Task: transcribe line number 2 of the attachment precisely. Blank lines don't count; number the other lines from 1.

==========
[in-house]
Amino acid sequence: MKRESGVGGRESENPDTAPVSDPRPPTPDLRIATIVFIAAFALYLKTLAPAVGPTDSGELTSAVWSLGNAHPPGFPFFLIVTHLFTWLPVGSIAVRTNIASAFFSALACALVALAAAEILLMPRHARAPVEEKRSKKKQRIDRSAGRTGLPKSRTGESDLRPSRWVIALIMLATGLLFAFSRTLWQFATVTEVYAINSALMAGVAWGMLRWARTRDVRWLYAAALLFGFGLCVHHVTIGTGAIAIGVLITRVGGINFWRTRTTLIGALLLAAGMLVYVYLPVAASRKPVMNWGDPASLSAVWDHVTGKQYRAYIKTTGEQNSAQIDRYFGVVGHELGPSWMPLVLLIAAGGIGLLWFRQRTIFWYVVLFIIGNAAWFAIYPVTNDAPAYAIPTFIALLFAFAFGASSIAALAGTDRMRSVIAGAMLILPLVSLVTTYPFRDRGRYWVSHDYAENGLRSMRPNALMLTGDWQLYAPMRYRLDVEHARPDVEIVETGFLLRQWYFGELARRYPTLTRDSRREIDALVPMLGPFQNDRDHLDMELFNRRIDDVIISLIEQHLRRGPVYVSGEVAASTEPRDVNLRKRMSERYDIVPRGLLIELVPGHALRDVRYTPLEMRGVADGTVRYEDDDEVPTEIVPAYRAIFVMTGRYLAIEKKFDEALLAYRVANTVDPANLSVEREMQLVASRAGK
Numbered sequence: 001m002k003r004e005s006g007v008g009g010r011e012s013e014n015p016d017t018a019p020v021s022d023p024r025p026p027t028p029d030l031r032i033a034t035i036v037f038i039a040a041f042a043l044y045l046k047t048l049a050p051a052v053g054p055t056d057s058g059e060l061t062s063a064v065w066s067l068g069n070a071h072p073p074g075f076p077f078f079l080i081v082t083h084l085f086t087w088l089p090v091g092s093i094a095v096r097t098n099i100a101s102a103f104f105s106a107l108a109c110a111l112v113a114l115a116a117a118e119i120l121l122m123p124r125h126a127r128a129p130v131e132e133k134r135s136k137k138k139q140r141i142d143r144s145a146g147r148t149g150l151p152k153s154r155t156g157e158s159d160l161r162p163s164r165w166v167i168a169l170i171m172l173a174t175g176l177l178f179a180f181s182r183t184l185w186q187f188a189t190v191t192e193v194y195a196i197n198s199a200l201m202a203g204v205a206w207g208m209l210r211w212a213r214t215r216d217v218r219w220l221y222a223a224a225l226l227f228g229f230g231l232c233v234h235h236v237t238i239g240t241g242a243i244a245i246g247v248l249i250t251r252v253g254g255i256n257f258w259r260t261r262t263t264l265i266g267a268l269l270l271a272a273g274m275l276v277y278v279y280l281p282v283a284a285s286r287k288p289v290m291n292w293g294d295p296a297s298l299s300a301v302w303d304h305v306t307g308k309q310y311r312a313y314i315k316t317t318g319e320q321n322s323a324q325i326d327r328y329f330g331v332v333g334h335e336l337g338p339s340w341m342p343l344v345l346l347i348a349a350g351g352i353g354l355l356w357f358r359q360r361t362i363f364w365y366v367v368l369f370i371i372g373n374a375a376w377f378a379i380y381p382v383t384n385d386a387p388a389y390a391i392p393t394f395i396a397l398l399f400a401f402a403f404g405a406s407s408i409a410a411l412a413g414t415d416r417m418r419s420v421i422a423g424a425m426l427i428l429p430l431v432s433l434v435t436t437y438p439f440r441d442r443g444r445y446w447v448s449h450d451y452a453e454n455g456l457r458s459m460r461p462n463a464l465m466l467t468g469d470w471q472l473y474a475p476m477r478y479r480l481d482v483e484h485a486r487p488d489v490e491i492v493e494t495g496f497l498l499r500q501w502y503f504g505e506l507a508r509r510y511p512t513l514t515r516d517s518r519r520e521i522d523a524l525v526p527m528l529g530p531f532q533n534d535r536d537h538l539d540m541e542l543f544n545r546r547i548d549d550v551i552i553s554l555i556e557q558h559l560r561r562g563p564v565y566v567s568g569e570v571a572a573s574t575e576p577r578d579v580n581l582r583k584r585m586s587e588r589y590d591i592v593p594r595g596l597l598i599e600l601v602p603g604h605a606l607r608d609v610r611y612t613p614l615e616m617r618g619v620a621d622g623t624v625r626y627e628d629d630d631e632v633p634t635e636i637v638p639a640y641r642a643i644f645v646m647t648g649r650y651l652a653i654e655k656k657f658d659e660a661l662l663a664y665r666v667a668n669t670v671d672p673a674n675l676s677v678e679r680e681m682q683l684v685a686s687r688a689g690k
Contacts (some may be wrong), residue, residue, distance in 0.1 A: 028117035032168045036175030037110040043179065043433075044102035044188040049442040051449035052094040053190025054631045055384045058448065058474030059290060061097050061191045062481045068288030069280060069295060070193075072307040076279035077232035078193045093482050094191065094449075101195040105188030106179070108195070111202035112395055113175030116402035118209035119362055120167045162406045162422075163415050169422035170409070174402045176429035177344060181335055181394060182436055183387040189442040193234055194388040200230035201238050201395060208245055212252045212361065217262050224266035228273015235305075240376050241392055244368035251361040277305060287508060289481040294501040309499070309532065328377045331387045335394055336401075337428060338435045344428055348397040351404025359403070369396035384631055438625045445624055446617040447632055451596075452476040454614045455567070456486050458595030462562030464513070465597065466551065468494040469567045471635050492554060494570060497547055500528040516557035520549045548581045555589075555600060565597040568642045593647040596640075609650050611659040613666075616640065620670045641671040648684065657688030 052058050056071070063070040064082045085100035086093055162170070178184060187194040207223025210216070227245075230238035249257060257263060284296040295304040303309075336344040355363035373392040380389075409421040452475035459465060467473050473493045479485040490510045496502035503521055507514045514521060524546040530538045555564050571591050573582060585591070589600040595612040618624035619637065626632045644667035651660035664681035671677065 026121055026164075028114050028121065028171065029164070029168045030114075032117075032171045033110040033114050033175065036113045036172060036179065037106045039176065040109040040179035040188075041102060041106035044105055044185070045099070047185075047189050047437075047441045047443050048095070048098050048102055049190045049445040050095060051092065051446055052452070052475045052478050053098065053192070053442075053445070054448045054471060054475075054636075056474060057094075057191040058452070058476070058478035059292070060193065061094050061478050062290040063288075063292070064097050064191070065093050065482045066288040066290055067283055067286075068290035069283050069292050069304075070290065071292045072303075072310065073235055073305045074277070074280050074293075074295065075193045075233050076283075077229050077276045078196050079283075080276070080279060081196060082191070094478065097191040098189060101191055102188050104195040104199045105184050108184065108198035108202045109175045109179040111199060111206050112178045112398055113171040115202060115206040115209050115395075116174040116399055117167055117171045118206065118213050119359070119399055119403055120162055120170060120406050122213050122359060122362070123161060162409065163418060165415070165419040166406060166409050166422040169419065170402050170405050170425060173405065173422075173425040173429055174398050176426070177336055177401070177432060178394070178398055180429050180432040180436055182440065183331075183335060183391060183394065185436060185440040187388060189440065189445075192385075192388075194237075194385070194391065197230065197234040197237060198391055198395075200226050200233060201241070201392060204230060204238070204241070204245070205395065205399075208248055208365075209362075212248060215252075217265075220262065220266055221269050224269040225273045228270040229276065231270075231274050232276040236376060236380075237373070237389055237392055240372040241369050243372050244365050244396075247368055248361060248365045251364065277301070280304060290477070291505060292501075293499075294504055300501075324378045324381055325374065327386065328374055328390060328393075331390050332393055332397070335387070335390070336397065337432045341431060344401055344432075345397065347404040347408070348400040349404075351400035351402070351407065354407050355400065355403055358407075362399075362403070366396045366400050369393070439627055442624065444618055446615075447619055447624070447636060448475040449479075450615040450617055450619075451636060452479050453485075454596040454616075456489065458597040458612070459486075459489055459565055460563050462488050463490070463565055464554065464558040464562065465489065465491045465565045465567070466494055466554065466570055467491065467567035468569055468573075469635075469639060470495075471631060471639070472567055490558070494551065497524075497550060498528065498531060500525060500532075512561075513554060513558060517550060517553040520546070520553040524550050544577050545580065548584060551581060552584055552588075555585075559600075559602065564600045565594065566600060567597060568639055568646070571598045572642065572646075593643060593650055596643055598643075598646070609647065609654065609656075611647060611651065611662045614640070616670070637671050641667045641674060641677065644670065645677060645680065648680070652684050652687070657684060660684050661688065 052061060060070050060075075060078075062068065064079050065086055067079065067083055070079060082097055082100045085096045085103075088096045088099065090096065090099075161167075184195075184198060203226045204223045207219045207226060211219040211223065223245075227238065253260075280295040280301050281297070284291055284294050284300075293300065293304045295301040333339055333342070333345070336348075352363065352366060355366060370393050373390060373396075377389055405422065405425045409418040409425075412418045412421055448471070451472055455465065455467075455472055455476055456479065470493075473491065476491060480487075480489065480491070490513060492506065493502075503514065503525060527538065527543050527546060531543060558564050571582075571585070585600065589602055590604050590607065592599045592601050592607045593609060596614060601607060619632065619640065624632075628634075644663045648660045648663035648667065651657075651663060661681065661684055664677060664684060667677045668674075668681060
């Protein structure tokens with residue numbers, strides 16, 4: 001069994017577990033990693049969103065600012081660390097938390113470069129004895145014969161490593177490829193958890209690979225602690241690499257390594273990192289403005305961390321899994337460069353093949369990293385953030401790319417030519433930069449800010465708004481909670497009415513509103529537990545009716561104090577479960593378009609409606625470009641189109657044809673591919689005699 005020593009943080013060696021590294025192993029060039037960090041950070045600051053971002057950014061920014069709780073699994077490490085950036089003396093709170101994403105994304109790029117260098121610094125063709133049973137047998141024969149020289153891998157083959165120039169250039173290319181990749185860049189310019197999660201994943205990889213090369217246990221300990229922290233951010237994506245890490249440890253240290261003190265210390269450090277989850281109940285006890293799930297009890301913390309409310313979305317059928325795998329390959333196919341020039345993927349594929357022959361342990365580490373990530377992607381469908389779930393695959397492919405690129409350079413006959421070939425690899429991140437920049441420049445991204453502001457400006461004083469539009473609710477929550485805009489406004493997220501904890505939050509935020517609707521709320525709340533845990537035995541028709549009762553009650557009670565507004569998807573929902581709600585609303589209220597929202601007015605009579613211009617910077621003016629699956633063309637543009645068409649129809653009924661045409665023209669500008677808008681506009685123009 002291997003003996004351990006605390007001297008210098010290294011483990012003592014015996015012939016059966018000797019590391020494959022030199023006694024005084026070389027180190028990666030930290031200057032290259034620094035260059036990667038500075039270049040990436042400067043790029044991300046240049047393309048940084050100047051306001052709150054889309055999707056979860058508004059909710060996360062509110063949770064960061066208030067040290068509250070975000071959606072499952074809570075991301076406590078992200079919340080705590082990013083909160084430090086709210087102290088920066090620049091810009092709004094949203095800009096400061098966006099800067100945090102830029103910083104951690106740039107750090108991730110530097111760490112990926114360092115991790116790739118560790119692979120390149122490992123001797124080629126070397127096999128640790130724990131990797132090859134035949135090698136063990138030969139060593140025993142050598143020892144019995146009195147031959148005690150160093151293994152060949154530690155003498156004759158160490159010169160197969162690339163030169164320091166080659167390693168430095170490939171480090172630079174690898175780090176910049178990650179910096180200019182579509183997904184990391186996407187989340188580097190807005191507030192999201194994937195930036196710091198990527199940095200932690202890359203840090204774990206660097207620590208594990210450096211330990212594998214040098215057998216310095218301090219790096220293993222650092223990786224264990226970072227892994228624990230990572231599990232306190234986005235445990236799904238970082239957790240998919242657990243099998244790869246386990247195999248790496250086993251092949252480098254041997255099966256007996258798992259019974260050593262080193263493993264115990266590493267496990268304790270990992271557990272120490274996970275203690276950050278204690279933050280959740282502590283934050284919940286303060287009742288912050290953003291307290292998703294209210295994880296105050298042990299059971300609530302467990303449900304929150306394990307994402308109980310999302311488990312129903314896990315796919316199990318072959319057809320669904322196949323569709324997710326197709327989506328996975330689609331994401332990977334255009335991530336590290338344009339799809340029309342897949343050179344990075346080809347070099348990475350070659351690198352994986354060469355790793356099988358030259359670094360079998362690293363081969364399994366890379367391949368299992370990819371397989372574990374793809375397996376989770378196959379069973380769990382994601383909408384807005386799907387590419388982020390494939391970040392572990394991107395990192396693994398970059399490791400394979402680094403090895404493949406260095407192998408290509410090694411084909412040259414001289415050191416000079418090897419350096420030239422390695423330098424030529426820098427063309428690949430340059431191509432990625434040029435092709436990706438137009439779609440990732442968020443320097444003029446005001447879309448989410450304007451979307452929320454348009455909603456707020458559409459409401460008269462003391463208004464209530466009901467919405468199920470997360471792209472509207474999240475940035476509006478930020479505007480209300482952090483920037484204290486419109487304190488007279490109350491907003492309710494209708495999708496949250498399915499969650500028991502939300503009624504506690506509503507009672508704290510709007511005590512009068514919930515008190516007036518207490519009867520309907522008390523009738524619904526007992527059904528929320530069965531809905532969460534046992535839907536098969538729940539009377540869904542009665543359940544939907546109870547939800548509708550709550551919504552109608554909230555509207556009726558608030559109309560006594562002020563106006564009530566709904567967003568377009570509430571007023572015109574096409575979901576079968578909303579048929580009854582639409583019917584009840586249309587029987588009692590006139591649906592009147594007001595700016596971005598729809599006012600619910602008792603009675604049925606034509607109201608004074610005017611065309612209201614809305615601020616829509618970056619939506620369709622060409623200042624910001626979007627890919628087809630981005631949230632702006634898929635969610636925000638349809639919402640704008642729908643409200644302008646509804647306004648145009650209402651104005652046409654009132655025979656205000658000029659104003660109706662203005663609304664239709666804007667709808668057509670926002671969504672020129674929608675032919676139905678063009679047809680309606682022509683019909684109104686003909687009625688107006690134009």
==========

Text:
Amino acid sequence: MKRESGVGGRESENPDTAPVSDPRPPTPDLRIATIVFIAAFALYLKTLAPAVGPTDSGELTSAVWSLGNAHPPGFPFFLIVTHLFTWLPVGSIAVRTNIASAFFSALACALVALAAAEILLMPRHARAPVEEKRSKKKQRIDRSAGRTGLPKSRTGESDLRPSRWVIALIMLATGLLFAFSRTLWQFATVTEVYAINSALMAGVAWGMLRWARTRDVRWLYAAALLFGFGLCVHHVTIGTGAIAIGVLITRVGGINFWRTRTTLIGALLLAAGMLVYVYLPVAASRKPVMNWGDPASLSAVWDHVTGKQYRAYIKTTGEQNSAQIDRYFGVVGHELGPSWMPLVLLIAAGGIGLLWFRQRTIFWYVVLFIIGNAAWFAIYPVTNDAPAYAIPTFIALLFAFAFGASSIAALAGTDRMRSVIAGAMLILPLVSLVTTYPFRDRGRYWVSHDYAENGLRSMRPNALMLTGDWQLYAPMRYRLDVEHARPDVEIVETGFLLRQWYFGELARRYPTLTRDSRREIDALVPMLGPFQNDRDHLDMELFNRRIDDVIISLIEQHLRRGPVYVSGEVAASTEPRDVNLRKRMSERYDIVPRGLLIELVPGHALRDVRYTPLEMRGVADGTVRYEDDDEVPTEIVPAYRAIFVMTGRYLAIEKKFDEALLAYRVANTVDPANLSVEREMQLVASRAGK